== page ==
What defines luxury in 2018?


Exploring luxury's past, present, and multi-faceted future.

In the aftermath of 2008’s recession, the affluent sentiment as we knew it faced total deconstruction and re-imagination. It moved past old definitions and evolved with new social climates and increasingly thoughtful waves of pop culture. One decade later, we’re examining where the industry of luxury is today—and how we got here.

Up to 2005
Rooted in rarity and expense, luxury was unequivocally aristocratic. A badge that helped to display status. Overt exclusivity drew an explicit line between the haves and have-nots, establishing class aspiration as a prime marketing motivator.

Due to the market crash and corporate misdeeds, the wealthy were generally seen as frivolous. Lacking depth or purpose, the “greed is good” mentality sparked a backlash. People sought to simplify not just their purchases, but their mindsets.

The reconstruction of affluence was grounded in a reprioritization of values. Still laced with rarity, the approach focused on heritage and history rather than high fashion. Luxury brands that cleverly tapped into this sentiment—like Louis Vuitton and Hermes—saw increases in brand value, even amidst tough times. Handmade products in limited quantities by “makers” also rose in popularity, whether created by high-profile brands like Montblanc, IWC and Van Cleef & Arpels or lesser known options like the Hermes-backed Shang Xia or Italy’s timeless leather goods maker Valextra. The coveted connection to individual curators and craftsmen transcended price.

As millennials became more well-traveled than any other prior generation, their standard for luxury significantly shifted the paradigm. Their exposure to exclusive experiences normalized—and somewhat neutralized—traditional luxury. It no longer held any “wow” power, eventually falling out of favor in lieu of unique, distinctive, and preferably shareable brand experiences. Increasingly, it became less about what we had, and more about who we are. Brands had to be connected, personal; they had to take on a life of their own. From various brand activations at Miami’s annual Art Basel—like Vanity Fair’s Social Club—to Kola House, a luxury bar and lounge created by Pepsi in Manhattan’s Meatpacking District, brands began to transcend product, demographic, and all the traditional rules altogether.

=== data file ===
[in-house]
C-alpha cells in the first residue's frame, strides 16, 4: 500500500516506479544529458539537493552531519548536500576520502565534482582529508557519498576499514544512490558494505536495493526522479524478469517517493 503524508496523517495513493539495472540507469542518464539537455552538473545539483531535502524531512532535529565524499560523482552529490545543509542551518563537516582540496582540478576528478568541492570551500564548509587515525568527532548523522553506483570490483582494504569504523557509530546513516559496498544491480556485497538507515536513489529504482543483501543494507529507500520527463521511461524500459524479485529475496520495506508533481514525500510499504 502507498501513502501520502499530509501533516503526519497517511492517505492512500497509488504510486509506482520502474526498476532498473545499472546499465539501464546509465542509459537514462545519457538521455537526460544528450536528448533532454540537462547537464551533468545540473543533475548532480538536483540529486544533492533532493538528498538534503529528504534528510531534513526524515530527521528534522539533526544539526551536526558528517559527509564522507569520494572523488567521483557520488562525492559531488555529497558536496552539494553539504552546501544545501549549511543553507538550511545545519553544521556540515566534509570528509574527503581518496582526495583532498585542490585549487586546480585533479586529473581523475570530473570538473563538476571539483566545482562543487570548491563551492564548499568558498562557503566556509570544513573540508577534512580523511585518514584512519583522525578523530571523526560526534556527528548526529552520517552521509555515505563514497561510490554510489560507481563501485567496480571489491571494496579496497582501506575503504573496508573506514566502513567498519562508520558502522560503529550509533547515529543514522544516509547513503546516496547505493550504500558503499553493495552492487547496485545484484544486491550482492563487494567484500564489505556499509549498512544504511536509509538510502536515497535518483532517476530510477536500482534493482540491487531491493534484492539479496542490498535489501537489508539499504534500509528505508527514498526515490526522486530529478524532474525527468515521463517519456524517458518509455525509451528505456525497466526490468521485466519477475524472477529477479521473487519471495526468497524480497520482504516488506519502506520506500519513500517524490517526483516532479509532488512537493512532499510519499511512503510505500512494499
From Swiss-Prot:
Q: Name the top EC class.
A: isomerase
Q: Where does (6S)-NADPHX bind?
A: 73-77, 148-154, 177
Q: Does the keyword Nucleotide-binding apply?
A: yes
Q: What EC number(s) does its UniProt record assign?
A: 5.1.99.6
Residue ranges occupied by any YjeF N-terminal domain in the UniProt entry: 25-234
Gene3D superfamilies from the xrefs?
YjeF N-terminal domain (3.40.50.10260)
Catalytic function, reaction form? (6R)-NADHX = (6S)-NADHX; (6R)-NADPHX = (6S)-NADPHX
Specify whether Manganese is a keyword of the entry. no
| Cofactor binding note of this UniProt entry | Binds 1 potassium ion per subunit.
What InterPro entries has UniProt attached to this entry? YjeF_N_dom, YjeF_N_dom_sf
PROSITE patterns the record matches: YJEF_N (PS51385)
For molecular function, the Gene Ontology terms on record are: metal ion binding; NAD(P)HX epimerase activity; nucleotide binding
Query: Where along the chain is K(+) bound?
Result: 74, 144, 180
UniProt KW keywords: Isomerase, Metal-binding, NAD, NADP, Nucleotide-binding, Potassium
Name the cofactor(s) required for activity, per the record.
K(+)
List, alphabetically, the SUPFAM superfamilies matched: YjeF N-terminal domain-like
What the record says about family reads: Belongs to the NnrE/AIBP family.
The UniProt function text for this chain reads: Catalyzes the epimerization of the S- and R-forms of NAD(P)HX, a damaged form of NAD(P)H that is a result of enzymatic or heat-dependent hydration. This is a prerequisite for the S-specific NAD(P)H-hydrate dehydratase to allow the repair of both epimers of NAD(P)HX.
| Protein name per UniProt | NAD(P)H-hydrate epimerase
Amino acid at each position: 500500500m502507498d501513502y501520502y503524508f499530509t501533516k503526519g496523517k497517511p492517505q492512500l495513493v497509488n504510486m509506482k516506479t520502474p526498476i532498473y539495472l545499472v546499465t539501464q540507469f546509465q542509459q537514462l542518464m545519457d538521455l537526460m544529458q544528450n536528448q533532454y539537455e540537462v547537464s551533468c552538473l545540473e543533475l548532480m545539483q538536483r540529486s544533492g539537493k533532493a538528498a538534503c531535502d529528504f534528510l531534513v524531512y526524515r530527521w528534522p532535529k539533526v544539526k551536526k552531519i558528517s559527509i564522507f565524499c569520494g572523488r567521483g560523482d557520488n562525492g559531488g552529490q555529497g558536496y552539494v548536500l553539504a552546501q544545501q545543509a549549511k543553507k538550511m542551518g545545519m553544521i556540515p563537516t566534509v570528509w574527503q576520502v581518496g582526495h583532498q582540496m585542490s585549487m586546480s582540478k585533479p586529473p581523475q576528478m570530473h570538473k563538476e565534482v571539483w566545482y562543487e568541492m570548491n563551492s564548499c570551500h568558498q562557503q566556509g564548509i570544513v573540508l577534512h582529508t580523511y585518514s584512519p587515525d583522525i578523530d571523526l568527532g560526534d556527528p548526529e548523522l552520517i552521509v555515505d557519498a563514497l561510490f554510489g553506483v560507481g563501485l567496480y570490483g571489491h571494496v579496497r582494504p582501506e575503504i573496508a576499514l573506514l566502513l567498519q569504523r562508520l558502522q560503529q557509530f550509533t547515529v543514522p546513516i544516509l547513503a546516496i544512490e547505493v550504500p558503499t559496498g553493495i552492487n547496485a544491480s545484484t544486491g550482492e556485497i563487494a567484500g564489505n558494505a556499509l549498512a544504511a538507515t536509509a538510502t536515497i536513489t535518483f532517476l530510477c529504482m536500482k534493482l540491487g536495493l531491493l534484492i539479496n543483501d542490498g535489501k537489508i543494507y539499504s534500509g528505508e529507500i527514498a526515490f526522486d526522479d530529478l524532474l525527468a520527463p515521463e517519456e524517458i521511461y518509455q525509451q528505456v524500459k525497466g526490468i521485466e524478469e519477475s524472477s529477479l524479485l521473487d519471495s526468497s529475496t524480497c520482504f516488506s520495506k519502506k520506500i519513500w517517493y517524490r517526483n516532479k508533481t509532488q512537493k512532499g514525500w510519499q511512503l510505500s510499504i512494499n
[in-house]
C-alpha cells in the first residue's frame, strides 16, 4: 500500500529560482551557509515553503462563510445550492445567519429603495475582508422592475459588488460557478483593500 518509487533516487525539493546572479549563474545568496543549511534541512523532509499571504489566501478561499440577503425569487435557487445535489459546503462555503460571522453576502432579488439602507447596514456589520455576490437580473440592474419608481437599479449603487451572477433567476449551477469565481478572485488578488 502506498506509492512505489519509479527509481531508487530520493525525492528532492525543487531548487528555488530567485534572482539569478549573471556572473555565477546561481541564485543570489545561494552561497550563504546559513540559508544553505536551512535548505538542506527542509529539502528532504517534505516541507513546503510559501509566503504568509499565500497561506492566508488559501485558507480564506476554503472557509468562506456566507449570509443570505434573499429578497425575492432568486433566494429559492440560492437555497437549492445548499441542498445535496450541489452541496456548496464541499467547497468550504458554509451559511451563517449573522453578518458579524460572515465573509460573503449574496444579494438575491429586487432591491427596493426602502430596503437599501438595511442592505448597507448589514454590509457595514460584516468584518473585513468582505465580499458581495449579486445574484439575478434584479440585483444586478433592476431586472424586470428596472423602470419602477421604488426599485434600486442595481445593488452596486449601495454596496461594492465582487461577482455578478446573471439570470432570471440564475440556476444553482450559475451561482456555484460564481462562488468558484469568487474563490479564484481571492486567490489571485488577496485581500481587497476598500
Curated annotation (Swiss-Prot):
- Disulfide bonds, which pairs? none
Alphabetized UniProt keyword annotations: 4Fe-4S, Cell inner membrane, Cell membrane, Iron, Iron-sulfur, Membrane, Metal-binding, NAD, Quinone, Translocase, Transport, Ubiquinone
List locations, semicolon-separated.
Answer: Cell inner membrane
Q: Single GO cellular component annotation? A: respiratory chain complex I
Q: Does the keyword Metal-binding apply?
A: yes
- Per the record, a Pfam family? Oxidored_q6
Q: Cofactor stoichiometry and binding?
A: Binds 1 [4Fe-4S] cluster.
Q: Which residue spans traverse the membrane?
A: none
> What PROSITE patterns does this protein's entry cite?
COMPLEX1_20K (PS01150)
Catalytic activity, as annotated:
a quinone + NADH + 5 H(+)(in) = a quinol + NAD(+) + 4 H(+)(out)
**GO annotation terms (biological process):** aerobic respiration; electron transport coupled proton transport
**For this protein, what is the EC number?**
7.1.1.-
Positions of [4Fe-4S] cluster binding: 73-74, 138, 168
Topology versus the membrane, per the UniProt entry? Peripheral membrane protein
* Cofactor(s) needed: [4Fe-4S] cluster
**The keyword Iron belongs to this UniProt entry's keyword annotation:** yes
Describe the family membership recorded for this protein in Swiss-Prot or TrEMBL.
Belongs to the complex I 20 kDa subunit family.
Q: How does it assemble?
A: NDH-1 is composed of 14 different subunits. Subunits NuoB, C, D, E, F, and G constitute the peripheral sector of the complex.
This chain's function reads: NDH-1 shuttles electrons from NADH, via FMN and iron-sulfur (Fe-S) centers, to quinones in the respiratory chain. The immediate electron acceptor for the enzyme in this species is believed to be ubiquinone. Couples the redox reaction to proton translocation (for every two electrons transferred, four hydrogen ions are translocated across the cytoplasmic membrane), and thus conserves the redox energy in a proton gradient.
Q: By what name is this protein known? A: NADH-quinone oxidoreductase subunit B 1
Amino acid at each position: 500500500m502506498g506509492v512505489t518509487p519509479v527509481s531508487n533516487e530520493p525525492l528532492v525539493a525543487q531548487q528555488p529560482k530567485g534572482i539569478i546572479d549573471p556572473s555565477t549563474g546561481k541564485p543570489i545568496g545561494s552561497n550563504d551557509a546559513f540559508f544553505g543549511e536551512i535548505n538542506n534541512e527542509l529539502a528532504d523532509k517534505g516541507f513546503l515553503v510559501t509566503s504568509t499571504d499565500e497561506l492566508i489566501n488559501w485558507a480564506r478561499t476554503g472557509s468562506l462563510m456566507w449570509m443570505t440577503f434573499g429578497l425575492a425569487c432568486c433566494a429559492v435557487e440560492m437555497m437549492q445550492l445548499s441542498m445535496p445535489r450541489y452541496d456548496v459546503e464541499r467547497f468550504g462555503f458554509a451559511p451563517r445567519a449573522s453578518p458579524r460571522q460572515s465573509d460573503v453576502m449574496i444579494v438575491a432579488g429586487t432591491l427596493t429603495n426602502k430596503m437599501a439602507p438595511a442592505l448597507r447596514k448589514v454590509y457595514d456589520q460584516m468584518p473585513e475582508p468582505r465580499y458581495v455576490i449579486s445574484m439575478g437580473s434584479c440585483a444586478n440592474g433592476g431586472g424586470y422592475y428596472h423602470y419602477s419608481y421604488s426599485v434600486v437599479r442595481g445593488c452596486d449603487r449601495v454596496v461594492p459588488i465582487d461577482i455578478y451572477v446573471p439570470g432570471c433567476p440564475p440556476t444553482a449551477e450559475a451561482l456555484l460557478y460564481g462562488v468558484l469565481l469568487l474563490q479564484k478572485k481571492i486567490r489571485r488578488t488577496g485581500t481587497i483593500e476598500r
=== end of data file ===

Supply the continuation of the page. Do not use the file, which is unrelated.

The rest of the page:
Building on this evolution, the definition and aesthetic of luxury continues to change. Its traditional embodiment, with its conservative yet well-curated approach, is no longer magnetizing. In 2018, the top high-end brands are communicating individual expression. In our knowledge-sharing economy, they are driven by stories. Purpose. Unique points of view to which consumers can relate. Collaborations can also make a brand’s stock rise; blending opposites and finding unexpected marriages between ideas, items or outlooks creates a sort of creative chaos that’s proven irresistible. And with millennials quickly becoming dominant in the high-net-worth category, this expectation will only deepen in the decade to come.

At Allis, we often get asked, how do you brand a premium building or hotel? But what we should be asked is, how do you brand a premium building or hotel today? Upper-crust exclusivity and aspiration were the key luxury behaviors a decade ago; creativity and intention now shine. Why? Because a truly luxurious item or experience in 2018 is never about status and status alone—it’s tied to our identity. Every brand choice we make communicates who we are. Therefore, premium brands are no longer about isolating, but aligning. Through depth of experience, expression and imagination, luxury has the unique power to bring us closer—not only to those like us, but ultimately, to ourselves.

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